As President Muhammadu Buhari is sworn in for another term of office, residents of Kaduna state want him to take adequate steps in tackling the increasing insecurity in the state, occassioned by kidnappings, armed robbery and banditry, especially along the Kaduna-Abuja highway, Birnin Gwari area and herdsmen attacks in parts of Southern Kaduna.

From the feelers gotten by THISDAY, Kaduna people would also want the president to complete the construction of the 16-year-old Kaduna Eastern bypass road

which was initiated by the administration of former President Olusegun Obasanjo.

The completion of the Abuja-Kaduna-Zaria-Kano highway, being funded by the Presidential Infrastructure Development Fund (PIDF) is also dear to the people as well as the completion of the construction of the 215MW Kaduna Power Plant.

The people would also want the president to do everything possible to ensure the revival of the moribund textile industries in Kaduna metropolis, which hitherto provided over 10,000 jobs.

Resuscitating Abandoned Projects, Tackle Child Trafficking in Bayelsa

Asides the fact that Bayelsa State has not benefitted from the School Feeding Programme of the Federal Government which had gulped $183 million as at October 2018, there is also a slew of abandoned projects in the state.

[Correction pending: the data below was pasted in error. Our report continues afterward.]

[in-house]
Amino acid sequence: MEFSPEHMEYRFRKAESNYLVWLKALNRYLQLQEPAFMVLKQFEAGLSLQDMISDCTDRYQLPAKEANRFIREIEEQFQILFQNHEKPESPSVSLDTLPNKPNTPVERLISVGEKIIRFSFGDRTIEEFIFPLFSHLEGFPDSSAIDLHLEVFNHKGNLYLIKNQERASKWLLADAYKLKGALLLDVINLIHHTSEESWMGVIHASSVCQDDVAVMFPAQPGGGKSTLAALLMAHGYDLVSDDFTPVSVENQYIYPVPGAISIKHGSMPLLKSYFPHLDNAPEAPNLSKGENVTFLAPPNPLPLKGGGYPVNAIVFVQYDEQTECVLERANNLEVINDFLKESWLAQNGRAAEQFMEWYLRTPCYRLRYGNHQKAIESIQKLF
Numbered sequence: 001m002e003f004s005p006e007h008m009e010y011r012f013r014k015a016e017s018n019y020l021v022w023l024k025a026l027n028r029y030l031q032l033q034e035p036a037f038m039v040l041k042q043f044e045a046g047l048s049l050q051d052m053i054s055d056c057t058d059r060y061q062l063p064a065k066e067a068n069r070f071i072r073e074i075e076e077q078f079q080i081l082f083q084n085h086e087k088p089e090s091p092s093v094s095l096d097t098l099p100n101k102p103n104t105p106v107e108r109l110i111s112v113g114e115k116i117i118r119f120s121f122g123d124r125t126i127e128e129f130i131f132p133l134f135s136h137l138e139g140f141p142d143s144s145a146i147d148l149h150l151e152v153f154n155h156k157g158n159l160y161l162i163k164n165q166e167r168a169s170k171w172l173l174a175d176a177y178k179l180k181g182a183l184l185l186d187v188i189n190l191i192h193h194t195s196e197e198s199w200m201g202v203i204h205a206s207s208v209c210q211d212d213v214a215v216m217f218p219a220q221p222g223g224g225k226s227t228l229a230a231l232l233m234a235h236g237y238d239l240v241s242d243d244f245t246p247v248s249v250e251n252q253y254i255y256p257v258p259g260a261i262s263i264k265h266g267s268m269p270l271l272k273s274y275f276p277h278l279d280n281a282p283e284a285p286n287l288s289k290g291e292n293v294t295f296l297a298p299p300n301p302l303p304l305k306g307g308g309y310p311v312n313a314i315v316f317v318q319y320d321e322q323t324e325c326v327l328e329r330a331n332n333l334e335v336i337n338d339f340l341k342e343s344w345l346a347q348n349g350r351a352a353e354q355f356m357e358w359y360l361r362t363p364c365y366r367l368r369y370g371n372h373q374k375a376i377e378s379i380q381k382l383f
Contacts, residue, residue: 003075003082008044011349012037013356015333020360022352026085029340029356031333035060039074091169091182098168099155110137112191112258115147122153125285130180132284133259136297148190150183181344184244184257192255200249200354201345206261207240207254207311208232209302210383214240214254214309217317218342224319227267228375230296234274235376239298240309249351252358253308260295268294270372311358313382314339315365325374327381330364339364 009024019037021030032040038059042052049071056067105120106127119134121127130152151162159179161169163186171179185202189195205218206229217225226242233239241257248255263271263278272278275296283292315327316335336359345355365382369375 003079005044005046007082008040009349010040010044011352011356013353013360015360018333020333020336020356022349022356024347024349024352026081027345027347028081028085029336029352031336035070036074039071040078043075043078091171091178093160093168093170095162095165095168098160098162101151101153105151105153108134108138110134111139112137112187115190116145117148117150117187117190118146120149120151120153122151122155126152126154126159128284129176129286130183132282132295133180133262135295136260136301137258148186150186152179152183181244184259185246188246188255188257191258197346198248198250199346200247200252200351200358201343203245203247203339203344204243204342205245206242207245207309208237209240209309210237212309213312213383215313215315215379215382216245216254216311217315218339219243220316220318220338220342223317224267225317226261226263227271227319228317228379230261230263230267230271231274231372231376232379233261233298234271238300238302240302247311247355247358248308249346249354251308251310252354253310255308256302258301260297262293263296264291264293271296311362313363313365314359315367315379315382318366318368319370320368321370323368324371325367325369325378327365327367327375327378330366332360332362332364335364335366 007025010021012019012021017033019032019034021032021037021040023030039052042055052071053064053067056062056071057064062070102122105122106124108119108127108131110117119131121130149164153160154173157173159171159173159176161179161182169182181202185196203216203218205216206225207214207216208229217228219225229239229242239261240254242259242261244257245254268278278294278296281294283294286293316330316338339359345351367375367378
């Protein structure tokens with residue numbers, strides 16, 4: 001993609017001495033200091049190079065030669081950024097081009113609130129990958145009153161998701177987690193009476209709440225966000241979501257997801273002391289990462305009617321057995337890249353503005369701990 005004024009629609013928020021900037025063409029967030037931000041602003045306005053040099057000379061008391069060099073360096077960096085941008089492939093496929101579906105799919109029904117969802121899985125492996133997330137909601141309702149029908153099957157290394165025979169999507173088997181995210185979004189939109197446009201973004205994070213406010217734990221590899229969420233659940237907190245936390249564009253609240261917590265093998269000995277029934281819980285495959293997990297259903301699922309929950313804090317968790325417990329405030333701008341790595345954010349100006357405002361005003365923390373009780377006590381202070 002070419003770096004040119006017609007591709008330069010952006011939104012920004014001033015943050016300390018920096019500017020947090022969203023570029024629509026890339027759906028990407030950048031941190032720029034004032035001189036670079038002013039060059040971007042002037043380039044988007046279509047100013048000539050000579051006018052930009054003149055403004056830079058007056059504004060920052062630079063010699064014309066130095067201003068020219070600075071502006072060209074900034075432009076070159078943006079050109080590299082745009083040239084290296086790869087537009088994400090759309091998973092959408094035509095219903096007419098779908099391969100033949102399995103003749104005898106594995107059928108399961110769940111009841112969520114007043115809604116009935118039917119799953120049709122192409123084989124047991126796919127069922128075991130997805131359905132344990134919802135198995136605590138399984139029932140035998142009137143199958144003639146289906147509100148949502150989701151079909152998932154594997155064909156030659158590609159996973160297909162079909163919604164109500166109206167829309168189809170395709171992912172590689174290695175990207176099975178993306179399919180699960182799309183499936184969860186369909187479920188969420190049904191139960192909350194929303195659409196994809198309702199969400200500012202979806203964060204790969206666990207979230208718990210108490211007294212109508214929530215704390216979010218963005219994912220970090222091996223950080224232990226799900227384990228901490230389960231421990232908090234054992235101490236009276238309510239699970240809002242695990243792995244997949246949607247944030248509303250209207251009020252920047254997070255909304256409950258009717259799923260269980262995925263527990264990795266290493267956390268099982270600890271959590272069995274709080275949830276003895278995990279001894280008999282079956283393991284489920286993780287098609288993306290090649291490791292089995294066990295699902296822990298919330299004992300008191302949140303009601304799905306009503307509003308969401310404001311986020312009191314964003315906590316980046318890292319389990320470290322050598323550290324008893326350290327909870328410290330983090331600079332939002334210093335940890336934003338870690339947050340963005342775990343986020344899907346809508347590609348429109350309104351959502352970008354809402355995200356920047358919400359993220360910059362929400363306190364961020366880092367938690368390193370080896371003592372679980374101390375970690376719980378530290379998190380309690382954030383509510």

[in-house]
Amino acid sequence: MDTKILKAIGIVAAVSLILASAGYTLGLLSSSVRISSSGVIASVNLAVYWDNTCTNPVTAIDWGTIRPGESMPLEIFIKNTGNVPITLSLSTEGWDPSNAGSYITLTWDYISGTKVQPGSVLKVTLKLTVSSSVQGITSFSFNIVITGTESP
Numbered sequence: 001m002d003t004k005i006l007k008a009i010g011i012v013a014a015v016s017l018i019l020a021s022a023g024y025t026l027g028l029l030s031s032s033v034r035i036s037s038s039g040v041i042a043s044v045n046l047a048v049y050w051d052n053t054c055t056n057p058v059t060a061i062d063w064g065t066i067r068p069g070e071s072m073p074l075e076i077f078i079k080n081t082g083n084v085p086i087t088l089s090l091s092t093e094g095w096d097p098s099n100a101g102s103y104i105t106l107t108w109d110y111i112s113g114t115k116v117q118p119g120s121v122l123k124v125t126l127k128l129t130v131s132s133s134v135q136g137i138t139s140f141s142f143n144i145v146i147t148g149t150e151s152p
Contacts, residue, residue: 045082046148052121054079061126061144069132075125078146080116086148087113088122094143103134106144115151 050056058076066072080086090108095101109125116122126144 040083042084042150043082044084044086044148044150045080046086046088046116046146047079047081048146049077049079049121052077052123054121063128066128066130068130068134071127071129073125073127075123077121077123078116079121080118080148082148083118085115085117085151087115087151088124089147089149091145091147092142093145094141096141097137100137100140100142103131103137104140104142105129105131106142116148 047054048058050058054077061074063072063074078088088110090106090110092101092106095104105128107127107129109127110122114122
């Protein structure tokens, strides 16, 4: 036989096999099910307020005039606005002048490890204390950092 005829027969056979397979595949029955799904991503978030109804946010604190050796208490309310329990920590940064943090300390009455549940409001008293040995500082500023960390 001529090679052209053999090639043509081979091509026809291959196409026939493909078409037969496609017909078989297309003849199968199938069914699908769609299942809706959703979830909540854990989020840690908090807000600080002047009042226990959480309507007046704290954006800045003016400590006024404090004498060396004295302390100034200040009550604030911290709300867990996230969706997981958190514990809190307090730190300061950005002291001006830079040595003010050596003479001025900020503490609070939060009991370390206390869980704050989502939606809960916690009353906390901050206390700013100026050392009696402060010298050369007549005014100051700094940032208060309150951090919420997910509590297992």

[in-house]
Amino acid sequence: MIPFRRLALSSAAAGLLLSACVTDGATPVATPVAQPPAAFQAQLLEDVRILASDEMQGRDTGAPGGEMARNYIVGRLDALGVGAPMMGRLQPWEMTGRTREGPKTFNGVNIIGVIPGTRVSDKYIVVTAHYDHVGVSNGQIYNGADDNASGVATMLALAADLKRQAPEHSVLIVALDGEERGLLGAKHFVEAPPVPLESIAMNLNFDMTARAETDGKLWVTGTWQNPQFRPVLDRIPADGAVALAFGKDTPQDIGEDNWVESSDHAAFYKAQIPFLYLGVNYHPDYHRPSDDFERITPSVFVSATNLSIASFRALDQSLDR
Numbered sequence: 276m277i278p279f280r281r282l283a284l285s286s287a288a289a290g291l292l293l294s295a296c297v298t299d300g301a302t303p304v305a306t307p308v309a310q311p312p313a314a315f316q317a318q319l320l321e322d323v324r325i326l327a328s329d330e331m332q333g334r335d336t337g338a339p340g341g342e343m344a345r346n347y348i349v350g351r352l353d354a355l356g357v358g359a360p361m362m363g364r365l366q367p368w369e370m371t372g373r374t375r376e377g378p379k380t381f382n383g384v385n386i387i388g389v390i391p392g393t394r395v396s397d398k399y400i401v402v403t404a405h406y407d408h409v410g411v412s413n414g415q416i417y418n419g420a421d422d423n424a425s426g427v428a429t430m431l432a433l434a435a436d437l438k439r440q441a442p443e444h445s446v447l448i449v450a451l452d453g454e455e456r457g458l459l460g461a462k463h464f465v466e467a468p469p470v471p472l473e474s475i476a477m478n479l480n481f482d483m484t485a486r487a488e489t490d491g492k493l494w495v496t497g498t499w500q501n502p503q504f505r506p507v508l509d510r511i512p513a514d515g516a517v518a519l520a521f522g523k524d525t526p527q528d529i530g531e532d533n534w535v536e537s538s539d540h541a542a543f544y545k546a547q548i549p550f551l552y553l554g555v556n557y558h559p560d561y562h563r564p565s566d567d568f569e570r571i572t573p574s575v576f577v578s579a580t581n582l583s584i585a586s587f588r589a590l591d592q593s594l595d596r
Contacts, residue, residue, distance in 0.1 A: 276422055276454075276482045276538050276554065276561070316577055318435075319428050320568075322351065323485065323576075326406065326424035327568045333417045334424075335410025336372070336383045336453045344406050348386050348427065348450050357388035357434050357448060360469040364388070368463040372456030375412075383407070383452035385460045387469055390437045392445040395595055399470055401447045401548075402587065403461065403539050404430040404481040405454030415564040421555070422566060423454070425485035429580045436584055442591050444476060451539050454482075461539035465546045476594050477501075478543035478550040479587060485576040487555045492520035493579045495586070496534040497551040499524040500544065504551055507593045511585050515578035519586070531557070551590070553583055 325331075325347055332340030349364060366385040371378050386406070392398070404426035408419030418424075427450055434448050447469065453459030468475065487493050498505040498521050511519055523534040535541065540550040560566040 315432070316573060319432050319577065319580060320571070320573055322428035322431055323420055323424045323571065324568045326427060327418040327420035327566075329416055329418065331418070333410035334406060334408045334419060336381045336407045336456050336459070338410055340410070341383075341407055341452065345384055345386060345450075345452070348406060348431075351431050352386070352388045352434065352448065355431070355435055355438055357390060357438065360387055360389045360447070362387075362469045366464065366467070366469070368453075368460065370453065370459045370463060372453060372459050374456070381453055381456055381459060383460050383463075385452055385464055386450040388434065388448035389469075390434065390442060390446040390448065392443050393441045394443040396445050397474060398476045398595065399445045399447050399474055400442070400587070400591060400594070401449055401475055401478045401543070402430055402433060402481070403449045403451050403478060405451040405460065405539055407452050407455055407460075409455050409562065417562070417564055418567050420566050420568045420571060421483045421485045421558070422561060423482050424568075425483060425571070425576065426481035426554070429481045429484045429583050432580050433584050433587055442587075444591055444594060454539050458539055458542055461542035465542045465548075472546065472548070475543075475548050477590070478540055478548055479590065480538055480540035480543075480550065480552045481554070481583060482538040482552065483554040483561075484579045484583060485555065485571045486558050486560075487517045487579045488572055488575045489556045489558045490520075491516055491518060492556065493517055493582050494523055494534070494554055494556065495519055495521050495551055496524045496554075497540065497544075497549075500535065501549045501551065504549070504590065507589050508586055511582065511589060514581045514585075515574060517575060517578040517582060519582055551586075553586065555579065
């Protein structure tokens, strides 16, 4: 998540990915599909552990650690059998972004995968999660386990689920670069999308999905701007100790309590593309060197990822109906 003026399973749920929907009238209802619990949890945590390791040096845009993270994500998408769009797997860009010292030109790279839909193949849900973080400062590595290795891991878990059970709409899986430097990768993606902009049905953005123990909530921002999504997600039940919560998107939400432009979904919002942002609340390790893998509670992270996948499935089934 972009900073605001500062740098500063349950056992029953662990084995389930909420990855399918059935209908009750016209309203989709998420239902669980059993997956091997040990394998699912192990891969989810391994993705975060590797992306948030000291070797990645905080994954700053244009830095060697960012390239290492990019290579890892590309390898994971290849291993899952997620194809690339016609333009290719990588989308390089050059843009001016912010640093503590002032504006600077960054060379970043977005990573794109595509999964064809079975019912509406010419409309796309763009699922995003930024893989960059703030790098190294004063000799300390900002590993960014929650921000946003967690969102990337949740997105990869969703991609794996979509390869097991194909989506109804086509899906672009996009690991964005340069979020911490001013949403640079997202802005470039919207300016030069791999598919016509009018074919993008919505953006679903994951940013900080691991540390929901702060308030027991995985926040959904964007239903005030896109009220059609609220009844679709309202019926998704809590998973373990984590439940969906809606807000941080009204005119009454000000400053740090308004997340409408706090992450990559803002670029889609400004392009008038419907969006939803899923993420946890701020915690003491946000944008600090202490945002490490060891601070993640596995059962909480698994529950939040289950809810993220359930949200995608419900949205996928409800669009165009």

Nengi James, a traditional chief and leader of the Civil Liberties Organisation (CLO) in the state, urged the FG to take over high budget roads in coastal areas of the state.

“Bayelsa needs link roads that should be taken over by the FG, e.g the road to Brass and other senatorial roads, the one that links Rivers to Otuasega to Abua and from Biseni to Imo and to Onitsha, which will connect Bayelsa State to the East and then to Rivers state, rather than going round through Edo State.

“The financial issues surrounding the Brass Liquefied Natural Gas facility should also be negotiated so that there will be employment for our people.

“The FG should situate a fishery industry in Bayelsa and also tackle the environmental degradation. Bayelsa needs total clean-up. The Presidential Amnesty Programme should have a timeline and should be properly funded. Then also tackle all the abandoned projects and pay all NDDC backlogs” he said.

In his contribution, Mr Aluzu Ebikebuna, a lawyer and human rights activist urged President Buhari to tackle the issue of child trafficking in his second term.